More About Skin Cancer
Skin Cancer is cancer that arises from the skin. It originates from the cells of the epidermis (superficial layer of the skin) usually it doesn’t metastasize, and rarely become life-threatening.
Basal cell skin cancer and Squamous cell skin cancer, along with a number of less common skin cancers, are known as nonmelanoma skin cancer (NMSC) and are usually curable.
Malignant melanoma though aggressive is less frequent skin cancer.
Types of Skin Cancer
There are three main types of skin cancer:
- Basal-cell skin cancer (Basal-Cell Carcinoma): Basal-Cell Carcinomas are present on sun-exposed areas of the skin, especially the face. It rarely metastasizes and rarely causes death. It is easily treated with surgery or radiation. It often appears as a painless raised area of skin or may present as a raised area with an ulcer.
- Squamous-cell skin cancer (Squamous-Cell Carcinoma): Less common than BCC, it metastasizes but at a low rate. It usually presents as a hard lump with a scaly top but may also form an ulcer.
- Malignant melanoma: Melanoma is the least frequent of common skin cancer. But it is aggressive and frequently metastasizes. Signs include a mole that has changed in size, shape, color, irregular edges, and is itchy or bleeds. ABCDE rule to watch out for melanoma. If a mole has:
- Asymmetrical shape: Shape of one half does not match the other
- Border irregularities: Edges are ragged
- Color that isn’t consistent
- Diameter larger than 6 mm
- Evolving size or shape: Any new spot or mole that is changing its color, shape or size.
- Kaposi's sarcoma: This cancer is caused by a type of herpes virus, typically in patients with weakened immune systems such as those with AIDS. Presents as skin lesions that are brownish-red to blue in colour and usually found on the legs and feet.
- Less common skin cancer include Merkel cell carcinoma, keratoacanthoma, spindle cell tumors, Paget's disease of the breast, leiomyosarcoma, and angiosarcoma, etc.
Causes of Skin Cancer
- Ultraviolet radiation from sun exposure is the primary cause of skin cancer
- Artificial UV radiation, e.g. tanning beds
- Tobacco Smoking
- HPV infections increase the risk of squamous-cell skin cancer
- Few genetic syndromes including congenital melanocytic nevi syndrome
- Chronic non-healing wounds called Marjolin's ulcers can develop into squamous cell skin cancer.
- Ionizing radiation such as X-rays
- A suppressed immune system from diseases such as HIV/AIDS infection, or from some medications such as prednisone or chemotherapy.
Diagnosis for Skin Cancer
- Skin examination by a dermatologist.
- Skin biopsy is usually used to confirm a suspicion of skin cancer. A small portion of tissue is sent for examination to a pathologist, who examines the tissue and provides a diagnosis based on the microscopic characteristics of the tumor.
- Self-examination is important in the early diagnosis of skin cancer.
- Increasing use of Sunscreen
- Decreasing indoor tanning
- Select clothing, cosmetic products, and contact lenses that offer UV protection.
- Wear sunglasses with total UV protection and a wide-brimmed hat to shade your face and neck.
- Avoid direct sun exposure as much as possible during peak UV radiation hours (between 10:00 AM and 2:00 PM).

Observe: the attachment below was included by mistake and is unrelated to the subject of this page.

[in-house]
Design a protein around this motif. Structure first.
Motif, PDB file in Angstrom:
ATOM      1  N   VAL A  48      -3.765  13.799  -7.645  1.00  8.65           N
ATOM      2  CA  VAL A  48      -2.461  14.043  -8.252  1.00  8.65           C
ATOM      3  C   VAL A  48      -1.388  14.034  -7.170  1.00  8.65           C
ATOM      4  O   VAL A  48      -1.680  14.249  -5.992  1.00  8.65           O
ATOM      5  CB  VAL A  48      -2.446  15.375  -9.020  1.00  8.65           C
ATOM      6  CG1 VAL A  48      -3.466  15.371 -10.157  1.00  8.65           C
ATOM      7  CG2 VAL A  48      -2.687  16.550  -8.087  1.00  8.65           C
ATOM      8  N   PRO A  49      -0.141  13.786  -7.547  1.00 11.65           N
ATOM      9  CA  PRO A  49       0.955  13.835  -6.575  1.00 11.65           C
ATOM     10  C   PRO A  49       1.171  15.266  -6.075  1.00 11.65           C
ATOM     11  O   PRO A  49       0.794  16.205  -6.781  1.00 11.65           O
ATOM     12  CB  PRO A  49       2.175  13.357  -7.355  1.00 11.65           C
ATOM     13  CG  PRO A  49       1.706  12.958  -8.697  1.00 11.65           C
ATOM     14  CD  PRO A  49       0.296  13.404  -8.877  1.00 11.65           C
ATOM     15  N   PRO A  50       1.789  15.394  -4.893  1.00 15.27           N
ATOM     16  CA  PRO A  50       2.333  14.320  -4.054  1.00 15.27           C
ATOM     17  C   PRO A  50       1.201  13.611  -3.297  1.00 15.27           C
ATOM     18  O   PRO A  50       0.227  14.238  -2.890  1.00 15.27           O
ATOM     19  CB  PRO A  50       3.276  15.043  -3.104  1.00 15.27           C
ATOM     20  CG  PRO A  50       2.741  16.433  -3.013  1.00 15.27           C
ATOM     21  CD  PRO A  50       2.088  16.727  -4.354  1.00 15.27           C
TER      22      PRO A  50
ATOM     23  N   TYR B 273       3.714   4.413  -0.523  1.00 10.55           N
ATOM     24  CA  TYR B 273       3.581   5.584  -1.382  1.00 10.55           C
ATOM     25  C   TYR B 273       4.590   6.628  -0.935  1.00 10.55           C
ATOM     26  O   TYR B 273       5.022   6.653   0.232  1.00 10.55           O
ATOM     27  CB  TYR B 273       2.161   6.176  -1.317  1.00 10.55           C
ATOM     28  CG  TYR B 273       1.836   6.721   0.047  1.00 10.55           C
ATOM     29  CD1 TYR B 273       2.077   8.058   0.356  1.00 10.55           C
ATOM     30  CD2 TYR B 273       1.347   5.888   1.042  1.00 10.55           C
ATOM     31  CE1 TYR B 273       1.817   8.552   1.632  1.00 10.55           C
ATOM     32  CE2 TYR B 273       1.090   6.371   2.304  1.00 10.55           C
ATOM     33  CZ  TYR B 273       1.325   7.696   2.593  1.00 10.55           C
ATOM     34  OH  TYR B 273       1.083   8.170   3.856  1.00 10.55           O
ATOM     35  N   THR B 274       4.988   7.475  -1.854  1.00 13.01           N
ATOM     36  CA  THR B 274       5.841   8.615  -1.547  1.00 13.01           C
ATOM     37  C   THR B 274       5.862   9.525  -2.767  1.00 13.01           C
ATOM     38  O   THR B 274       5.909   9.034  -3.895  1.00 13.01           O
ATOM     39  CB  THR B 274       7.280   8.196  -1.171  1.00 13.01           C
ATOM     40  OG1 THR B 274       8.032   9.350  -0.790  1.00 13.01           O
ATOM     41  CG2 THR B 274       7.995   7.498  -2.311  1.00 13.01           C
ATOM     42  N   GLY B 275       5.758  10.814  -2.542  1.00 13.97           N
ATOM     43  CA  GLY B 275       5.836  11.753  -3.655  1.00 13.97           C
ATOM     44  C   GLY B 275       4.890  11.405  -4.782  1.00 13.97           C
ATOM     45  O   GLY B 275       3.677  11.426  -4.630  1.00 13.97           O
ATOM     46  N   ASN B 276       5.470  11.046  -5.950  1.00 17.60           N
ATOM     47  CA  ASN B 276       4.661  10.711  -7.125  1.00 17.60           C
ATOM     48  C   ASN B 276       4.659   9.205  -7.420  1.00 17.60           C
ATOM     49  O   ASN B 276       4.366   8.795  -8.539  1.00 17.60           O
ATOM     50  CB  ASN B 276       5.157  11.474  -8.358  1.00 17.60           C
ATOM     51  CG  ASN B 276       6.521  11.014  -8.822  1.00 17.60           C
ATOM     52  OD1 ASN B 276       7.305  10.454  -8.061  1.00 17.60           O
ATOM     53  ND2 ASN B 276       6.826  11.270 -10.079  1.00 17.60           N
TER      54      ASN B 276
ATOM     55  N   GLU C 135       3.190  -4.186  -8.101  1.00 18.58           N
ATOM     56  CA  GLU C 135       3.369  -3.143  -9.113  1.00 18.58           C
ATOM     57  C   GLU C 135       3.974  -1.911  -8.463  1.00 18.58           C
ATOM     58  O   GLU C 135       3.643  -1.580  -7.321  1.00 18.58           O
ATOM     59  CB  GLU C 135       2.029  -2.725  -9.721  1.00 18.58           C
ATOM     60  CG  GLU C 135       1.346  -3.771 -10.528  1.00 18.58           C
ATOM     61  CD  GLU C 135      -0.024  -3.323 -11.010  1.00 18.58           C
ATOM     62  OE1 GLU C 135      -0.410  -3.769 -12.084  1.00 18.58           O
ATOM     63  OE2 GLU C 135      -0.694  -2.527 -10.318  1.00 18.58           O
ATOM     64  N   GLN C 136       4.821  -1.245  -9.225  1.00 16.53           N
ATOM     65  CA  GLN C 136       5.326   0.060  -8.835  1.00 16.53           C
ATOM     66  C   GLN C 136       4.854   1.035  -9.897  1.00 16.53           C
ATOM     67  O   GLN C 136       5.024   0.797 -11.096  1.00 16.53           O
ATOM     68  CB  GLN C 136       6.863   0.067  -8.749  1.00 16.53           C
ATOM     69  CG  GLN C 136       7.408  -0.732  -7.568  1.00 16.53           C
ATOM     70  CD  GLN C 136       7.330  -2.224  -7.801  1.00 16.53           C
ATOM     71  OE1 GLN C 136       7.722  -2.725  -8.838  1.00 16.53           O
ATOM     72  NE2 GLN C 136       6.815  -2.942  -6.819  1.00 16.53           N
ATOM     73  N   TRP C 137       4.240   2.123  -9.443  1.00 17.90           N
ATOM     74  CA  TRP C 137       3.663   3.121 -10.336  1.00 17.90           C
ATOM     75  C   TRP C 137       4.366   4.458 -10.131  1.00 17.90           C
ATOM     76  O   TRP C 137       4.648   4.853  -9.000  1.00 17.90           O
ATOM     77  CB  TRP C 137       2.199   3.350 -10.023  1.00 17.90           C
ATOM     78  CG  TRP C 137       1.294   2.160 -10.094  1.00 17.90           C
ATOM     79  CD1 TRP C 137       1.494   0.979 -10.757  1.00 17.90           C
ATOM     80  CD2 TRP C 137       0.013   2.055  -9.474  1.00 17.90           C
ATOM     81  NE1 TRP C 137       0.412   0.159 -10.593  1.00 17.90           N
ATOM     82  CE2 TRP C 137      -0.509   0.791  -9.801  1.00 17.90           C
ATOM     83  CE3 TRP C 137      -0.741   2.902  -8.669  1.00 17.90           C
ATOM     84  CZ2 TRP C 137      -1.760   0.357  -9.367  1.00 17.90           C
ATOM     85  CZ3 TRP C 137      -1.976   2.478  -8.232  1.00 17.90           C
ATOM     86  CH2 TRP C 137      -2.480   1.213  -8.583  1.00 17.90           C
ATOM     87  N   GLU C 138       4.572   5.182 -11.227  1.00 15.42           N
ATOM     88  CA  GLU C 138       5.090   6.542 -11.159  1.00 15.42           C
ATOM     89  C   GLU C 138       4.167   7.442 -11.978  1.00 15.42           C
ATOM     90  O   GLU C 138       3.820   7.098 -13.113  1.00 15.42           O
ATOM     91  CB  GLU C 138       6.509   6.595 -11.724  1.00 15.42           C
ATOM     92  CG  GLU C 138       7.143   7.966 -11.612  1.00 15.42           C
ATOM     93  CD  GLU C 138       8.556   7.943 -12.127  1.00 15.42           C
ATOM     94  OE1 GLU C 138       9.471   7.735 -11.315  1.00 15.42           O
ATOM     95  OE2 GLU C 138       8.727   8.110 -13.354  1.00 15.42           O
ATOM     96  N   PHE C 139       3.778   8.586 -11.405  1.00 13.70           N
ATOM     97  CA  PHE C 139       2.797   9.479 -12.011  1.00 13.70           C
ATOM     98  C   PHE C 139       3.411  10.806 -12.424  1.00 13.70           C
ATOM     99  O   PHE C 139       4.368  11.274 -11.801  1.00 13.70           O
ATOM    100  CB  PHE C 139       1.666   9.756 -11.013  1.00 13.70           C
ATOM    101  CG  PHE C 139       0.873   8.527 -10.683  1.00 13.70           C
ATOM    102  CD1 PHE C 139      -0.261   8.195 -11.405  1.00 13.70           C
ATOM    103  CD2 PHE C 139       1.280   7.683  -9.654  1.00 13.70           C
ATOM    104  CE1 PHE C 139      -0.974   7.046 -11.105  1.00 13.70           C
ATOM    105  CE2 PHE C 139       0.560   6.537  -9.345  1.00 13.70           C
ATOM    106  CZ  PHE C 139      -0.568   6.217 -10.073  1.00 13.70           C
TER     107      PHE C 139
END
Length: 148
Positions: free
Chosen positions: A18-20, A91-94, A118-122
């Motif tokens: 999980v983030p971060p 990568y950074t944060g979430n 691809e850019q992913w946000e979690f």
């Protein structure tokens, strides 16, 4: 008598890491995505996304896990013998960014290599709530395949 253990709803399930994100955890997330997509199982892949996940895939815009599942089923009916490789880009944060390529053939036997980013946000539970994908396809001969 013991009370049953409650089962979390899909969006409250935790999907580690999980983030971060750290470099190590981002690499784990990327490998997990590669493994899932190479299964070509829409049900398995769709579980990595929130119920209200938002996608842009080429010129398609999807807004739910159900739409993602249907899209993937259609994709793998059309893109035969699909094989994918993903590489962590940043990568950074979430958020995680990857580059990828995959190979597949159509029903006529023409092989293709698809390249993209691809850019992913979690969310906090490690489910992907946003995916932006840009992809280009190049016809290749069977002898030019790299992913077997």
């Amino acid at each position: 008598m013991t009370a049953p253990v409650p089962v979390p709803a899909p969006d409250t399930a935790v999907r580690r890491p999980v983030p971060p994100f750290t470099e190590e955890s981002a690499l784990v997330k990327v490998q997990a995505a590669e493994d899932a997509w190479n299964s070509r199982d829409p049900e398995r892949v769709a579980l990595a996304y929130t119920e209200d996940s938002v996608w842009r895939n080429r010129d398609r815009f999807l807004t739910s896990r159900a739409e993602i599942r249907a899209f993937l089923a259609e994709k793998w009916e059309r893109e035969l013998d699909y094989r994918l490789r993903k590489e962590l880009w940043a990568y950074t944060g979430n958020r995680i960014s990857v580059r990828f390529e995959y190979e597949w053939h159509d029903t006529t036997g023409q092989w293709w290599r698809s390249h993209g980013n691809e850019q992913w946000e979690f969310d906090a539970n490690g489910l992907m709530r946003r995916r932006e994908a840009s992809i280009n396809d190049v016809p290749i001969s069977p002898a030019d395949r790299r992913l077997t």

- Avoiding the use of tobacco products
- Perform skin self-exams regularly
Treatment of Skin Cancer
Treatment is dependent on:
- A specific type of cancer
- Location of the cancer
- Age of the person
- Whether the cancer is primary or a recurrence.
- The general health of the patient
Nonmelanoma Skin Cancer
It is usually curable. Treatment is generally by surgical removal but may involve radiation therapy or topical medications
- Surgical Excision: Excision of the skin cancer with a margin of normal tissue
- Mohs surgery: It is a technique used to remove cancer with the least amount of surrounding tissue. In this procedure, the edges are checked immediately to see if tumor is found. Thus providing the opportunity to remove the least amount of tissue while ensuring complete removal of cancer and providing cosmetically good results. It is useful for locations where excess skin is limited, such as the face.
- Electrodesiccation and curettage: Physically scraping away the skin cancer cells, followed by electrosurgery
- Topical chemotherapeutic creams
Melanoma skin cancer
It may involve some combination of surgery, chemotherapy, radiation therapy, and targeted therapy. Standard treatments for melanoma skin cancer include:
- Wide surgical excision
- Sentinel lymph node mapping to check spread to local lymph nodes
- Chemotherapy for widespread metastatic disease
- Radiation therapy for local control of advanced melanoma in areas such as the brain
- Clinical trials
- Treatments for metastatic melanoma include biologic immunotherapy agents
If disease has spread, palliative care is used to improve quality of life.
Factors affecting the Cost of Treatment of Skin Cancer
The cost to the patient depends on a variety of factors like:
- The hospital patient chooses
- The type of room
- Fees for the team of doctors
- Medicine cost
- Cost of Tests and diagnostic procedure
- Type of treatment - Cost of surgery, cost of radiotherapy, cost of chemotherapy, etc.
- Cost of follow-up care required.
- Cost of reconstructive procedure, if required
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